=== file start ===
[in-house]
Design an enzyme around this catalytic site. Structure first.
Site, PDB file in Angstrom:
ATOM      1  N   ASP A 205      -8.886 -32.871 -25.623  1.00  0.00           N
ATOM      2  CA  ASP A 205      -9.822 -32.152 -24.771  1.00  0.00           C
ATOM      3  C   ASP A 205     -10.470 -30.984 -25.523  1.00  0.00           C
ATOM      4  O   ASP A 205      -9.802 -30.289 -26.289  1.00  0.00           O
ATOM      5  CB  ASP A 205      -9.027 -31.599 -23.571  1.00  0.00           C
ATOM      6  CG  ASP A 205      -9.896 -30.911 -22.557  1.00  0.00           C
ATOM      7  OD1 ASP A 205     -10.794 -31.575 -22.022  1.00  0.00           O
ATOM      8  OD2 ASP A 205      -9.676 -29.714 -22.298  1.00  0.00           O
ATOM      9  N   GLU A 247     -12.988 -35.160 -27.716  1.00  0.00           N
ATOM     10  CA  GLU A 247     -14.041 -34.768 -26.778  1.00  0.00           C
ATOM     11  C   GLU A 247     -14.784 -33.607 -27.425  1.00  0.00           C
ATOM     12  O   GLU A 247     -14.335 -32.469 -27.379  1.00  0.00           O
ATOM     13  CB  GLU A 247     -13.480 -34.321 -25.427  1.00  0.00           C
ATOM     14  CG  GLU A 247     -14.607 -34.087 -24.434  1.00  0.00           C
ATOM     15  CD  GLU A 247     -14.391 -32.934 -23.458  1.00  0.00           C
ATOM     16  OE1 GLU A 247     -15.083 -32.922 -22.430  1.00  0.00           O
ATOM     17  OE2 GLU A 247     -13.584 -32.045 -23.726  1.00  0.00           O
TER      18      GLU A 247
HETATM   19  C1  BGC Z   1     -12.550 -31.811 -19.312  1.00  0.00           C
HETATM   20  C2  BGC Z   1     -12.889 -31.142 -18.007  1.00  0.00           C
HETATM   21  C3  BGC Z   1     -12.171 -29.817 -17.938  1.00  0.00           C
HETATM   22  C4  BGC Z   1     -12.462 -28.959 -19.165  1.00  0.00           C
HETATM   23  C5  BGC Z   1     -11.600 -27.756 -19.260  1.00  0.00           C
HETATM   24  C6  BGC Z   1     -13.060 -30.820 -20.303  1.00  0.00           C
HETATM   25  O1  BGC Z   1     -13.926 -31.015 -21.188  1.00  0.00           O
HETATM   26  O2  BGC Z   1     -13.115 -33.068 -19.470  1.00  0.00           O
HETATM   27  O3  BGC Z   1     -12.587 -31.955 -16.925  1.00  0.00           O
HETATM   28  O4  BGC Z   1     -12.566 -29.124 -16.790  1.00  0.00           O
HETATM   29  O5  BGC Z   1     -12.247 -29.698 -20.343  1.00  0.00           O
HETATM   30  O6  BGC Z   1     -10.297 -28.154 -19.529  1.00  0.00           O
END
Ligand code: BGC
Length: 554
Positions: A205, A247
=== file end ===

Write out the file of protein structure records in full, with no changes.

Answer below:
[in-house]
Design an enzyme around this catalytic site. Structure first.
Site, PDB file in Angstrom:
ATOM      1  N   ASP A 205      -8.886 -32.871 -25.623  1.00  0.00           N
ATOM      2  CA  ASP A 205      -9.822 -32.152 -24.771  1.00  0.00           C
ATOM      3  C   ASP A 205     -10.470 -30.984 -25.523  1.00  0.00           C
ATOM      4  O   ASP A 205      -9.802 -30.289 -26.289  1.00  0.00           O
ATOM      5  CB  ASP A 205      -9.027 -31.599 -23.571  1.00  0.00           C
ATOM      6  CG  ASP A 205      -9.896 -30.911 -22.557  1.00  0.00           C
ATOM      7  OD1 ASP A 205     -10.794 -31.575 -22.022  1.00  0.00           O
ATOM      8  OD2 ASP A 205      -9.676 -29.714 -22.298  1.00  0.00           O
ATOM      9  N   GLU A 247     -12.988 -35.160 -27.716  1.00  0.00           N
ATOM     10  CA  GLU A 247     -14.041 -34.768 -26.778  1.00  0.00           C
ATOM     11  C   GLU A 247     -14.784 -33.607 -27.425  1.00  0.00           C
ATOM     12  O   GLU A 247     -14.335 -32.469 -27.379  1.00  0.00           O
ATOM     13  CB  GLU A 247     -13.480 -34.321 -25.427  1.00  0.00           C
ATOM     14  CG  GLU A 247     -14.607 -34.087 -24.434  1.00  0.00           C
ATOM     15  CD  GLU A 247     -14.391 -32.934 -23.458  1.00  0.00           C
ATOM     16  OE1 GLU A 247     -15.083 -32.922 -22.430  1.00  0.00           O
ATOM     17  OE2 GLU A 247     -13.584 -32.045 -23.726  1.00  0.00           O
TER      18      GLU A 247
HETATM   19  C1  BGC Z   1     -12.550 -31.811 -19.312  1.00  0.00           C
HETATM   20  C2  BGC Z   1     -12.889 -31.142 -18.007  1.00  0.00           C
HETATM   21  C3  BGC Z   1     -12.171 -29.817 -17.938  1.00  0.00           C
HETATM   22  C4  BGC Z   1     -12.462 -28.959 -19.165  1.00  0.00           C
HETATM   23  C5  BGC Z   1     -11.600 -27.756 -19.260  1.00  0.00           C
HETATM   24  C6  BGC Z   1     -13.060 -30.820 -20.303  1.00  0.00           C
HETATM   25  O1  BGC Z   1     -13.926 -31.015 -21.188  1.00  0.00           O
HETATM   26  O2  BGC Z   1     -13.115 -33.068 -19.470  1.00  0.00           O
HETATM   27  O3  BGC Z   1     -12.587 -31.955 -16.925  1.00  0.00           O
HETATM   28  O4  BGC Z   1     -12.566 -29.124 -16.790  1.00  0.00           O
HETATM   29  O5  BGC Z   1     -12.247 -29.698 -20.343  1.00  0.00           O
HETATM   30  O6  BGC Z   1     -10.297 -28.154 -19.529  1.00  0.00           O
END
Ligand code: BGC
Length: 554
Positions: A205, A247